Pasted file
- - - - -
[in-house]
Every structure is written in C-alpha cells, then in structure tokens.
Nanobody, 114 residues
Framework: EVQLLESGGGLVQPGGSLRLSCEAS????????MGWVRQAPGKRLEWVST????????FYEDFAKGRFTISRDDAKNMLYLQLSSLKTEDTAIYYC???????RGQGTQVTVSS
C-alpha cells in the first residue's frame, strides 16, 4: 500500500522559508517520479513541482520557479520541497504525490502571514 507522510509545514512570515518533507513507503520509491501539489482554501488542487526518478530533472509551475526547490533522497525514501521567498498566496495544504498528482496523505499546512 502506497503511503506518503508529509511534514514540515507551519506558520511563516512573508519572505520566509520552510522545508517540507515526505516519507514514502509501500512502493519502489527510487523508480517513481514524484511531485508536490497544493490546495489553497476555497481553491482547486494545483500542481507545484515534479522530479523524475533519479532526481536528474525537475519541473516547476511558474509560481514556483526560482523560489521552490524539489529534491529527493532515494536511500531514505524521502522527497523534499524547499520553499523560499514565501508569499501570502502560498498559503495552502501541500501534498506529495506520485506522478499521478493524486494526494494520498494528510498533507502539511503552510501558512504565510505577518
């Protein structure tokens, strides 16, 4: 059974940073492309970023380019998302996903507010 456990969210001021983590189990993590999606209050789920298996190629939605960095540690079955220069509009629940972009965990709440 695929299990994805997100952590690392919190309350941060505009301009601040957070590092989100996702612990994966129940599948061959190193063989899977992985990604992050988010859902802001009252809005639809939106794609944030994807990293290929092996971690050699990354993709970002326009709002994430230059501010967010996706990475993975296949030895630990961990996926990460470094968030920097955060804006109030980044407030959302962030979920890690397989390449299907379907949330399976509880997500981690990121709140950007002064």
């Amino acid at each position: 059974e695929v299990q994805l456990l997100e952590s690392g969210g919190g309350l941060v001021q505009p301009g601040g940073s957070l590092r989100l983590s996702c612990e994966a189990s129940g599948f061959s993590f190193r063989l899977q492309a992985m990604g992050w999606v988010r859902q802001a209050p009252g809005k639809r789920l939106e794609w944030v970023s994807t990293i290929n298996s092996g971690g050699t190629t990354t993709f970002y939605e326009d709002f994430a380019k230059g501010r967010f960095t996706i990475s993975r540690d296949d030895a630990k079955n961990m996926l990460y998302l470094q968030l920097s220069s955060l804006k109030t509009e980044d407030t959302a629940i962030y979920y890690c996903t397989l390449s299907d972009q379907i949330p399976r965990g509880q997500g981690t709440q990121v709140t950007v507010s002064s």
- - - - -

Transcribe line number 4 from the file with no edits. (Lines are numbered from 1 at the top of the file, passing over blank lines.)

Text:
Framework: EVQLLESGGGLVQPGGSLRLSCEAS????????MGWVRQAPGKRLEWVST????????FYEDFAKGRFTISRDDAKNMLYLQLSSLKTEDTAIYYC???????RGQGTQVTVSS